Within our picture schedule we built in more play time to limit media. Our goal was a max of 1 movie per day. This was a huge adjustment for Deacon and especially to ME!! 1) Deacon didn’t have that type of empowerment/urge to just play on his own the same way other kids would exhibit.  2) It was hard for me to break the habit relying on media.  Year-round sports weren’t initially part of our lives so looking at the 5-8 hours after school till bed-time felting daunting. How were we going to do it?  What were we going to do during that time?  It came down to learning how to play again.  


What do you mean you had to learn to play?  I would say there are 2 types of mothers — natural mothers and mothers who learn to be mothers.  There are mothers who have that maternal instinct, and, for me, I grew into my role as a mother. I lived in this complicated paradigm within myself fighting for personal identity and financial stability with my business as a means to make our family more stable.  But that all came with a sacrifice and I sacrificed time away from being a true mother to him. I realize now more than ever I never really allowed myself the time to slow down and just play with him. Play time became OUR time. It encouraged us to learn from each other, bond and just unwind from a busy day. This new-found revelation of playing strengthened our ability to gain trust with one another. (This trust would support us when we ventured into homeschool. That story is for another day.)


As a result, I learned how to lighten up and not have this mentality of “I can do this better and faster so I’ll just take care of it.” I simply tried to take care of it ALL. Occupational Therapy opened my eyes to his capabilities and his urge to take on the world. I had to let go of this idea of perfectionism and just get him more involved.  He enjoyed doing chores, he wanted to cook with me, he wanted to build a garden.  I should have known better but the life I was fighting for silenced his voice.



By no means would I ever consider myself an athlete. I was raised in an A-Typical Filipino family—you learn to play the piano and burry your head in a textbook.  Sports weren’t really a thing that was encourage in our household. I sought interest in it and involved myself in track and tennis, but my strength was in music.  Chase on the other hand grew up racing. He had a knack for speed, athleticism and competition. As you can see our upbringings were entirely different so when the subject of sports came up I had a lot of mixed emotions about it.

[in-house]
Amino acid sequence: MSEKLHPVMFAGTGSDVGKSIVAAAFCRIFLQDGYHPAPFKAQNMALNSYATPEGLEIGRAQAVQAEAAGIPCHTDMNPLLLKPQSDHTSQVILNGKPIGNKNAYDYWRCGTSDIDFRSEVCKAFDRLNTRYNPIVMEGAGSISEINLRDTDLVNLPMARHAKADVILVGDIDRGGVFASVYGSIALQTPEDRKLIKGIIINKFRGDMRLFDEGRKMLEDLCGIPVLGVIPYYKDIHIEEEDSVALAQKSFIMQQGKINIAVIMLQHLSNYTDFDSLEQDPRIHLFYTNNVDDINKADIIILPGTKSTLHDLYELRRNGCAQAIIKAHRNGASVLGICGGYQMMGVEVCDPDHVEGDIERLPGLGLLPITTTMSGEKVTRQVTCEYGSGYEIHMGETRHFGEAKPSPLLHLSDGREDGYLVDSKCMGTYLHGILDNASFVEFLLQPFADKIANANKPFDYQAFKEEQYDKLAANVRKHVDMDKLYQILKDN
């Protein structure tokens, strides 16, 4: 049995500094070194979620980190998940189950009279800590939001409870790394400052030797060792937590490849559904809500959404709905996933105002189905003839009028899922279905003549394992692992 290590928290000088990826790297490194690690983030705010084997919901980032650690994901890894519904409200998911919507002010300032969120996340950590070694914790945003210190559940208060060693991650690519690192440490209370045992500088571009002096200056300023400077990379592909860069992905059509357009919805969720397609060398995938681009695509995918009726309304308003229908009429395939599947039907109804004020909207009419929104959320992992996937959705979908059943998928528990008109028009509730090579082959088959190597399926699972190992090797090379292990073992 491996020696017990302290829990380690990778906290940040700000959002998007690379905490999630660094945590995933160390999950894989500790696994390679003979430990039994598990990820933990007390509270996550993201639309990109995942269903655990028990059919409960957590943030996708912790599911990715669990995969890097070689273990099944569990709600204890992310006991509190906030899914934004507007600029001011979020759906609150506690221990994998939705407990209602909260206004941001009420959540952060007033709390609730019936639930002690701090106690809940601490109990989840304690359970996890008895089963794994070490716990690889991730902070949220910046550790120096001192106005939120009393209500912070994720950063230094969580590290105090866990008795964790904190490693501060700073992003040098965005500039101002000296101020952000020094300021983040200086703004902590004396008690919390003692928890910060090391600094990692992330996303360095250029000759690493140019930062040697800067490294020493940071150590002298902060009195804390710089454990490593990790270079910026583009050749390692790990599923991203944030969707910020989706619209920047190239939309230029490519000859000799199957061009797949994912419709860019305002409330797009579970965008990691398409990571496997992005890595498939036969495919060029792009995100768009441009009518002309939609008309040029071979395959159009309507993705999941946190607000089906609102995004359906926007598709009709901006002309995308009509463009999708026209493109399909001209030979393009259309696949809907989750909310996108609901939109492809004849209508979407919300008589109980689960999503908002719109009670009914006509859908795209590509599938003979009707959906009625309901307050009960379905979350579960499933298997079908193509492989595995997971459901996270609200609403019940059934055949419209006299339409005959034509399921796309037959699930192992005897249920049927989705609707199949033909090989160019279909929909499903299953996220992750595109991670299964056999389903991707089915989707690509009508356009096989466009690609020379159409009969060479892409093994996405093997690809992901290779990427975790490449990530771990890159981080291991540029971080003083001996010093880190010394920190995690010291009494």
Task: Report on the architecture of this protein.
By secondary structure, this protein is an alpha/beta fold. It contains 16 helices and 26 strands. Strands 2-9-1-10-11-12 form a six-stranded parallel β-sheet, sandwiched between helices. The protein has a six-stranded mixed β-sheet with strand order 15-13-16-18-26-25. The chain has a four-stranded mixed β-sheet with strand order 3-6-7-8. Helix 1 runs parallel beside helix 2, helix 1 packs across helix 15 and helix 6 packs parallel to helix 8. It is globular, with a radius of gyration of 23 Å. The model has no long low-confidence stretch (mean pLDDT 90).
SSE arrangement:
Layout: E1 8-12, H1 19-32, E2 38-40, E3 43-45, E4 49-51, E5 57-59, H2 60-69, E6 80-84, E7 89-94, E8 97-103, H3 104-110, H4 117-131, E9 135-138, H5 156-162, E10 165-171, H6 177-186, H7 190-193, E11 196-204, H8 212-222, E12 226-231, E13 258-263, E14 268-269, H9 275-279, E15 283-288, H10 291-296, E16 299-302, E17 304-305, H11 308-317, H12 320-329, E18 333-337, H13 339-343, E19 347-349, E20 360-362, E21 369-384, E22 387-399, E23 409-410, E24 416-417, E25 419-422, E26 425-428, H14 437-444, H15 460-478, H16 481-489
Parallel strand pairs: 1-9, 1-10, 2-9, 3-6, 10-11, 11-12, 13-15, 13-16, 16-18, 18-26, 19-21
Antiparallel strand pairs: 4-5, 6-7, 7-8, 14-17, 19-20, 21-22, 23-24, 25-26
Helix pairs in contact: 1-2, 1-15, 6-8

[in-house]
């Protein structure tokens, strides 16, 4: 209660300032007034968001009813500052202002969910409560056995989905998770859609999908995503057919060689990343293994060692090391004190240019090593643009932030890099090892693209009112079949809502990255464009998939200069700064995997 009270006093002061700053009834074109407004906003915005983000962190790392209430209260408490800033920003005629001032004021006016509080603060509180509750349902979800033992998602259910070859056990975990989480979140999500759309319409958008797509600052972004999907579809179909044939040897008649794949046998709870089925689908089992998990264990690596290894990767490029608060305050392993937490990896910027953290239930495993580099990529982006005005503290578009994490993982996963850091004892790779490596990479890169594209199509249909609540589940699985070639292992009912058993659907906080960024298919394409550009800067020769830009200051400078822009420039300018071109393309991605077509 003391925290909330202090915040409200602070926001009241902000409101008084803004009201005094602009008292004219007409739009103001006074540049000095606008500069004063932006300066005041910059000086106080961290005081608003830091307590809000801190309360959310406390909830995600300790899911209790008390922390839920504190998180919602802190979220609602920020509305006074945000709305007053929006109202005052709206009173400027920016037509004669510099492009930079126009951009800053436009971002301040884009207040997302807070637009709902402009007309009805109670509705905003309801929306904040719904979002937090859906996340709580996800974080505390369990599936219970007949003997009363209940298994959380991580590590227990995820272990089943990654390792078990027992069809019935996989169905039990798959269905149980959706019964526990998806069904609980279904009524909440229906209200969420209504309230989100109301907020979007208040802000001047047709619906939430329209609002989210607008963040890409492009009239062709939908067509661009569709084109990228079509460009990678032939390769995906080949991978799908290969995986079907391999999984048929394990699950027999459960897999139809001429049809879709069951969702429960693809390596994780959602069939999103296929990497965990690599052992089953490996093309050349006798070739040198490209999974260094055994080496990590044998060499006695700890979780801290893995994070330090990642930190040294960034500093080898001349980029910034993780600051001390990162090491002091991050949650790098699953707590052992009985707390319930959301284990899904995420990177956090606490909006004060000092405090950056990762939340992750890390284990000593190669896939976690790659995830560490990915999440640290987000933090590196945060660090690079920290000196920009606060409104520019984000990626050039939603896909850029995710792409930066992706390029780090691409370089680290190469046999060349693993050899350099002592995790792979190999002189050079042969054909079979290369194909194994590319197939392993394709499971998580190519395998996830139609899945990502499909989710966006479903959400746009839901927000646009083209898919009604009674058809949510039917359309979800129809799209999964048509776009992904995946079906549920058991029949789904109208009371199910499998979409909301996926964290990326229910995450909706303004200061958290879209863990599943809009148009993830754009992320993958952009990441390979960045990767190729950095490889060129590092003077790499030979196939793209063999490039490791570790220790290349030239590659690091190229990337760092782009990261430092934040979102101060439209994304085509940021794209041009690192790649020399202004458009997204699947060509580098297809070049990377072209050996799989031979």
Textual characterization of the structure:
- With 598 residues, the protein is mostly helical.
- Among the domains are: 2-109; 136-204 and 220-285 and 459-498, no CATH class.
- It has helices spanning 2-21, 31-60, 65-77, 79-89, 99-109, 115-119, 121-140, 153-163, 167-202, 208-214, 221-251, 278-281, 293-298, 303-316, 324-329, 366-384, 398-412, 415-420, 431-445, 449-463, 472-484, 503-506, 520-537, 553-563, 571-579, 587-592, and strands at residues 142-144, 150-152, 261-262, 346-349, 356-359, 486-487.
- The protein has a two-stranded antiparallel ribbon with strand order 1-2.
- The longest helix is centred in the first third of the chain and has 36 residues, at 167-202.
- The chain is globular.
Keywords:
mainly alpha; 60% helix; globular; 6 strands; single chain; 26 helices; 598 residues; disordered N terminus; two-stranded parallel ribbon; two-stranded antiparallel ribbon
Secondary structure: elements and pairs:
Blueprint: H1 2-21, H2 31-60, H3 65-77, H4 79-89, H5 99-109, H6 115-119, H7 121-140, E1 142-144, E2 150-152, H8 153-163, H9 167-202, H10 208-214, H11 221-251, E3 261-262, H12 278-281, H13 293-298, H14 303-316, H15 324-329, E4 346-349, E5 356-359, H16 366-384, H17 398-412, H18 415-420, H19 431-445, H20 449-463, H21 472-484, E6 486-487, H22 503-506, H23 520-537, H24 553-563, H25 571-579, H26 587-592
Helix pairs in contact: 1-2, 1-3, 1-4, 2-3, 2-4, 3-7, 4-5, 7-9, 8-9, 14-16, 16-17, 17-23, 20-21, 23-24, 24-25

Before Deacon’s 2nd birthday, Chase convinced me that we would introduce Deacon to skiing. I had attempted skiing in the past and miserably failed.  Now we were going to cross our fingers and I hoped he wouldn’t get hurt. I remember that day clearly.  It was the day after Thanksgiving and fresh snow had fallen on Mt. Hood.  No lifts were open and we would need to hike the “run”. Deacon and Chase trekked 100ft upwards and I stayed closer to the base. He stood up, Chase gave him a slight budge and off he went.  A slight fear in his eyes but half way down I could hear the laughter in his voice.  It was a success!!  From that point on we kept up with skiing and introduced new sports within our means.


As Deacon matured and his gross motor skills developed we discovered his love for competition in swimming and soccer.  For the last couple of years he’s been able to participate year round. In the last year, he actively sought out to participate in fun runs and triathlons. With practices, games, races and meets on top of school activities it significantly eliminated the available time for media!


Sports has become our saving grace.  1) He LOVES it 2) It’s kept us busy 3) Media become more irrelevant in our household. As he’s progressed in sports he became more confident.  He felt empowered.  He felt like he was a part of a community.  Sports gave him an opportunity to not feel different.  He wasn’t being judged by his reading fluency, his speech or any of his differences.  He began to feel like he belonged.


Reducing media wasn’t a quick fix.  It took YEARS to overcome the misuse of media.  Change wasn’t easy.  Change took staring myself in the mirror and seeing that how I was raising him wasn’t supporting him.  The guilt was hard to accept but when that acceptance occurred the change came.